The use of virtual structure libraries for computational screening to identify lead systems for further investigation has become a standard approach in drug discovery. Transferring this paradigm to challenges in material science is a recent possibility due to advances in the speed of computational resources and the efficiency and stability of materials modeling packages. This makes it possible for individual calculation steps to be executed in sequence comprising a high-throughput quantum chemistry workflow, in which material systems of varying structure and composition are analyzed in an automated fashion with the results collected in a growing data record. This record can then be sorted and mined to identify lead candidates and establish critical structure-property limits within a given chemical design space. To-date, only a small number of studies have been reported in which quantum chemical calculations are used in a high-throughput fashion to compute properties and screen for optimal materials solutions. However, with time, high-throughput computational screening will become central to advanced materials research.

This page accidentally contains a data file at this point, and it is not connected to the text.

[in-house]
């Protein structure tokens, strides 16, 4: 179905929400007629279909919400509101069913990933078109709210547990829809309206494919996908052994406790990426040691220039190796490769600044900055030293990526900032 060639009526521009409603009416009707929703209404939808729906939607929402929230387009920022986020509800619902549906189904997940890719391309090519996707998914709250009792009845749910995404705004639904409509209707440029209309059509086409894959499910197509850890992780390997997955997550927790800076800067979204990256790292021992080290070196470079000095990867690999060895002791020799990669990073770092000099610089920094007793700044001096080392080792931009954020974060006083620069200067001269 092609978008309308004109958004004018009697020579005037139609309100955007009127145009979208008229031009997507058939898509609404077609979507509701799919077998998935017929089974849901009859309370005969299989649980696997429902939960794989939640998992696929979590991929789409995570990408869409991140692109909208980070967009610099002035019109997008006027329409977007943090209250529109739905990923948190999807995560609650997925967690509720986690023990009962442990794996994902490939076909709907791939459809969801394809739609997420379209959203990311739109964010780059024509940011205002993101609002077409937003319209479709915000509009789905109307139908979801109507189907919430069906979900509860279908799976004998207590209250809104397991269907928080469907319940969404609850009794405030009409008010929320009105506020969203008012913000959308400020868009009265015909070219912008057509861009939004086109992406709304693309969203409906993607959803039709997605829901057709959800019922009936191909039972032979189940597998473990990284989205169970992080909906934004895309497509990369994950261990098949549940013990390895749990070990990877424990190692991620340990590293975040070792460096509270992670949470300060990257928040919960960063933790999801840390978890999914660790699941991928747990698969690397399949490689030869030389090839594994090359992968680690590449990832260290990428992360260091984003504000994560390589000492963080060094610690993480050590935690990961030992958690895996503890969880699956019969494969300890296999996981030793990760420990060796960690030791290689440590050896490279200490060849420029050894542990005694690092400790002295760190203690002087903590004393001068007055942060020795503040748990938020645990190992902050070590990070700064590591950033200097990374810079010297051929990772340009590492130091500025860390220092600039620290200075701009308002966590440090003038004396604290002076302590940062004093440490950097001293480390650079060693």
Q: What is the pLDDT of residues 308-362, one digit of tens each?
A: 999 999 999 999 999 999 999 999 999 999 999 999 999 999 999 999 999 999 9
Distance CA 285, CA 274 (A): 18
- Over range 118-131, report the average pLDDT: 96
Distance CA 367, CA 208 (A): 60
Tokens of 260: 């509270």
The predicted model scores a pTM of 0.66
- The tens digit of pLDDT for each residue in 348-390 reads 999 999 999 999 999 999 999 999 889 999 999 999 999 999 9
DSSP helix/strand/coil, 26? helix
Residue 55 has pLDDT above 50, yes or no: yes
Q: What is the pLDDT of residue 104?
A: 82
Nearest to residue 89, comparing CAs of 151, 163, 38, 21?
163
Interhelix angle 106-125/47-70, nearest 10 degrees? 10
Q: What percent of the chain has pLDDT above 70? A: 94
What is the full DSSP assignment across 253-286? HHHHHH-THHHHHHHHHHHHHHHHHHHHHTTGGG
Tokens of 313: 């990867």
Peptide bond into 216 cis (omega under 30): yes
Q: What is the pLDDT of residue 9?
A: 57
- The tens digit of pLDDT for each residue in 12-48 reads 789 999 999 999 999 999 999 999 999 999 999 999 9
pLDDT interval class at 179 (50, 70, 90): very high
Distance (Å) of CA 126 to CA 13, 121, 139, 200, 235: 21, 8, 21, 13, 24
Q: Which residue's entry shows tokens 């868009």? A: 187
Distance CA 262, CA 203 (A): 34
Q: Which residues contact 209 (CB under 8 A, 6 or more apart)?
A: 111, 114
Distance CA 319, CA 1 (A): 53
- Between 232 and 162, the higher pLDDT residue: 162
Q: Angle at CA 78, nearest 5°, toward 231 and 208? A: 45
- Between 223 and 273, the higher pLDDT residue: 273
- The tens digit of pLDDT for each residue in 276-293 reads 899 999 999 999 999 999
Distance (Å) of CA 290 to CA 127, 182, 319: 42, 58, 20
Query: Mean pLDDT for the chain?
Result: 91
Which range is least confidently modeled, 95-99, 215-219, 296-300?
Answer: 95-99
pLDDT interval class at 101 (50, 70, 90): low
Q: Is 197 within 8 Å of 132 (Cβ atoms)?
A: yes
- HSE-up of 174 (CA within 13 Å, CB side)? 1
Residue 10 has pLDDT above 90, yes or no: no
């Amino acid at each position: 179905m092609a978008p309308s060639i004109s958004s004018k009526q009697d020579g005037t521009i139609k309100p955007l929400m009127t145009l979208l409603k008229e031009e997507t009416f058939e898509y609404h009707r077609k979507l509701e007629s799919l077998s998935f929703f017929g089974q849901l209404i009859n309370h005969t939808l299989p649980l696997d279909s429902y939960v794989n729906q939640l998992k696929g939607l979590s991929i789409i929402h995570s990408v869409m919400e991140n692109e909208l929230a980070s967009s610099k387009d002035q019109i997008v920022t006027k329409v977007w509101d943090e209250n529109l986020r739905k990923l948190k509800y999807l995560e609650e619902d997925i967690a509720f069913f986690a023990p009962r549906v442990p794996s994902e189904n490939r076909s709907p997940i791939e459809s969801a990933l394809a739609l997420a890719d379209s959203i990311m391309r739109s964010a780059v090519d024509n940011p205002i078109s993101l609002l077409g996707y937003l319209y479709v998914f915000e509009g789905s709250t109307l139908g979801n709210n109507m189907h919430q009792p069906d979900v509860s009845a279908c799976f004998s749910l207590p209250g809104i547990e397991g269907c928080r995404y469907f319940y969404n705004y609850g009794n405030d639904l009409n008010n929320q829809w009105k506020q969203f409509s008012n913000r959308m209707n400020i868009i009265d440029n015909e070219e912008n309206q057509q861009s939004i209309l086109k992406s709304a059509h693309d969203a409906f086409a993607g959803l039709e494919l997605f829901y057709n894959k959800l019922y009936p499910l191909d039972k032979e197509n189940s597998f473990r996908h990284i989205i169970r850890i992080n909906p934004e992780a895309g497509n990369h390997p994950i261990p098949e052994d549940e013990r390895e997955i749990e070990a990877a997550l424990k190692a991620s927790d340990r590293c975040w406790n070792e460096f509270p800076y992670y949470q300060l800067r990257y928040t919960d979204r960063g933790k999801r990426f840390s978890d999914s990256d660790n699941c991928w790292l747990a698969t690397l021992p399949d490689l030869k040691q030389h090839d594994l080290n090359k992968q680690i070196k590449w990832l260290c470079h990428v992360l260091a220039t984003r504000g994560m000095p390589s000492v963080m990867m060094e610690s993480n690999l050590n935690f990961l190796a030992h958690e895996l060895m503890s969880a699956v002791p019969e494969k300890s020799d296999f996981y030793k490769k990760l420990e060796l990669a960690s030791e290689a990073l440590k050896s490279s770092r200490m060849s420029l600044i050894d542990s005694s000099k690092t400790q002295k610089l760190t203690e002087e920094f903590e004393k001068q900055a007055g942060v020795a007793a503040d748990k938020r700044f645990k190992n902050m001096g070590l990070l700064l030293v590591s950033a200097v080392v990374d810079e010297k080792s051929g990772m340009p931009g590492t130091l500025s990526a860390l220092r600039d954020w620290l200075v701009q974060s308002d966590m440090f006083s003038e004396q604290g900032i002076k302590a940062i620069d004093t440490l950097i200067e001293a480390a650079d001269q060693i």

In this presentation, the use of high-throughput quantum chemistry to analyze and screen a materials structure library is demonstrated for Li-Ion battery additives based on ethylene carbonate (EC).